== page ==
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a butcher standing in front of his shop, holding a beef roast Meat processing involves converting animal carcasses into manageable pieces known as boxed-meat or case-ready meat for use by wholesalers and retailers.  There are a number of occupations that are involved in meat processing.  These occupations include slaughterers and meat packers, poultry cutters and trimmers, fish cutters and trimmers, and butchers and meat cutters.

Slaughterers and meat packers slaughter cattle, hogs, and sheep, and cut the carcasses into rounds, loins, ribs, tenders, and chucks.  They also convert meat into case-ready cuts and produce hamburger meat, sausages, hot dogs, and luncheon meats.  Slaughterers and meat packers often work on assembly lines, using knives, cleavers, meat saws, bandsaws, or other cutting equipment.  Poultry cutters and trimmers slaughter and cut up chickens, turkey, and other poultry, often working as part of an assembly line as well.  Fish cutters and trimmers scale, cut, and dress fish, and are also referred to as fish cleaners.  Meat, poultry, and fish cutters and trimmers all prepare ready-to-cook foods at processing plants or grocery and specialty stores.  Butchers and meat cutters commonly work for grocery stores, wholesale establishments, or institutional food services.  They use knives, slicers, power cutters, bandsaws and cleavers to portion the larger cuts of meat into steak and chops, shape and tie roasts, and grind beef.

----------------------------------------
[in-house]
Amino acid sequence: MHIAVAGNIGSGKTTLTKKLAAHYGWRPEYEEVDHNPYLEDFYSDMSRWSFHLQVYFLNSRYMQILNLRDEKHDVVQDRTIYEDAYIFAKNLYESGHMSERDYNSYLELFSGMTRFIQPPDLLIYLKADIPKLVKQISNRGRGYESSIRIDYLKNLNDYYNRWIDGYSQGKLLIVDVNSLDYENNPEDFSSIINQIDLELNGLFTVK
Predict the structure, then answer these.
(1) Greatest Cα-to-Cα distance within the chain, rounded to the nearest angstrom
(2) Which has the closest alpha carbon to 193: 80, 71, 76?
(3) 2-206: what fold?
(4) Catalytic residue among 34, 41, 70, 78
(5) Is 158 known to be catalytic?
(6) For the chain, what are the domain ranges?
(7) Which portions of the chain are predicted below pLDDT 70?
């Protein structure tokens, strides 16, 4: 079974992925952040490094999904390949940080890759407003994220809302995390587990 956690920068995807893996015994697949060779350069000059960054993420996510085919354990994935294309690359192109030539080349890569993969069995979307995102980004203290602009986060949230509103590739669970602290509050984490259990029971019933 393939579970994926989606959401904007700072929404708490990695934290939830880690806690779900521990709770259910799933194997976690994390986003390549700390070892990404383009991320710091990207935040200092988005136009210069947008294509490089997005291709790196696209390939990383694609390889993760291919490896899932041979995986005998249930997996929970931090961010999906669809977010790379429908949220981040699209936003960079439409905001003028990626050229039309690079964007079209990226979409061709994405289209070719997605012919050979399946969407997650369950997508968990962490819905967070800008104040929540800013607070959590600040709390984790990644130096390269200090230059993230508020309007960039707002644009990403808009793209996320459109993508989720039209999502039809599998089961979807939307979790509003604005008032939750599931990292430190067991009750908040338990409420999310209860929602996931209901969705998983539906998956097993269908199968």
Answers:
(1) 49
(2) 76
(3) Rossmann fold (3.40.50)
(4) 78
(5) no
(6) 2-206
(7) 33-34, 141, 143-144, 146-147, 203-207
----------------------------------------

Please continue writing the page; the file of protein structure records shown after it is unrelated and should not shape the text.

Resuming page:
Meat processing workers work with very sharp equipment, often in cold, damp rooms.  They do a lot of standing and perform many physical and repetitious tasks.  Butchers and cleaners may work in cramped quarters and deal with customers as well.  Meat processing workers have a higher rate of injury than other professions due to the dangerous equipment they must use.  They must have good manual dexterity, depth perception, color discrimination, hand-eye coordination, and physical strength.  Some states also require a health certificate.

No formal education is usually required for workers in the meat processing industry, as training is provided on-the-job by employers.  Highly skilled butchers may have a training period of one to two years.  Trainees often begin by making simple cuts or removing bones, and advance to preparing large cuts and case-ready meat.  Some employees may also learn inventory control, meat buying, and record keeping.

Opportunities for meat processing jobs are expected to grow slower than the national average due to an increase in automation.  Visit the American Meat Institute website for more information about the meat and poultry industry and meat processing careers.

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About Meat Processors